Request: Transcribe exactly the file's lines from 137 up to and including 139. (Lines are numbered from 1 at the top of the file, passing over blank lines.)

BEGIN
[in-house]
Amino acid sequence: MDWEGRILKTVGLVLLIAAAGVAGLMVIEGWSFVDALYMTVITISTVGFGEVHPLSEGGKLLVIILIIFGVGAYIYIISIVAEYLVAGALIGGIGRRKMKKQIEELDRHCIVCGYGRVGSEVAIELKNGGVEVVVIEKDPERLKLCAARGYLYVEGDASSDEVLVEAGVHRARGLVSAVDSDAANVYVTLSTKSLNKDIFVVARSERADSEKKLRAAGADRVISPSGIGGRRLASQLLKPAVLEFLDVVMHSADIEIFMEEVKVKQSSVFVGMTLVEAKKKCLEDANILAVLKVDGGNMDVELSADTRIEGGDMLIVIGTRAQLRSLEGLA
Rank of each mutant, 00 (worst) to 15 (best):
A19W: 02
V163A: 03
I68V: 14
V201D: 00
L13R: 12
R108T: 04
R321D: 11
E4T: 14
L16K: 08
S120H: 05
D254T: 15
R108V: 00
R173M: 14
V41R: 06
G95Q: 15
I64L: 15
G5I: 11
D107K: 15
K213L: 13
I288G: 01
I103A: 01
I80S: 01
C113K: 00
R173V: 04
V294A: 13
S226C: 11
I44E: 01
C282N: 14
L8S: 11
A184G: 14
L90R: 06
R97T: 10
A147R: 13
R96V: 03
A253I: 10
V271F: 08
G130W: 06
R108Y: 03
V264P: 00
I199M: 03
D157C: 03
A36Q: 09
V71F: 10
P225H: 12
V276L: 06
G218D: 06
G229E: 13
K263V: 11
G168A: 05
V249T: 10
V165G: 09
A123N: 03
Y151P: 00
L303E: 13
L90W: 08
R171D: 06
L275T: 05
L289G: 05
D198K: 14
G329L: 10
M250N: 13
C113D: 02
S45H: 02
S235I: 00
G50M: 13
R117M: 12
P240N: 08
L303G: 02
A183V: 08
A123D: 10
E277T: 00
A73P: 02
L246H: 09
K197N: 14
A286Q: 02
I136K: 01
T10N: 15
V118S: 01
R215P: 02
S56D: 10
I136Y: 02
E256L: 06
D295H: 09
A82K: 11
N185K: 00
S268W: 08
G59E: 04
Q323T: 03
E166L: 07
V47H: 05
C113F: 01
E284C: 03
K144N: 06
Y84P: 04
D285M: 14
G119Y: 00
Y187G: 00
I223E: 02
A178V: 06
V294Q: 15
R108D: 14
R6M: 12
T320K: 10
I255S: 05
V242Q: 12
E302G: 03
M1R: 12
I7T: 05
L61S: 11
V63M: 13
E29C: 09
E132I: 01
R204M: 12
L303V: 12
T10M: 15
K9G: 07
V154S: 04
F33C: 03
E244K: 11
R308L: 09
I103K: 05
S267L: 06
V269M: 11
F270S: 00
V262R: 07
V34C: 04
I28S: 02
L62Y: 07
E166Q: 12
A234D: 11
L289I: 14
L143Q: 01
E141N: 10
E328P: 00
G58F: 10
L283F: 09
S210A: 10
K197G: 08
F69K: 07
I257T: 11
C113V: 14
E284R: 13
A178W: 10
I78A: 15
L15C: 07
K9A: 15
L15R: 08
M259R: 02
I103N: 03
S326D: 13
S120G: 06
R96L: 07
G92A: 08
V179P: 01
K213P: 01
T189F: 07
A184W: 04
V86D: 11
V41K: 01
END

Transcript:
E328P: 00
G58F: 10
L283F: 09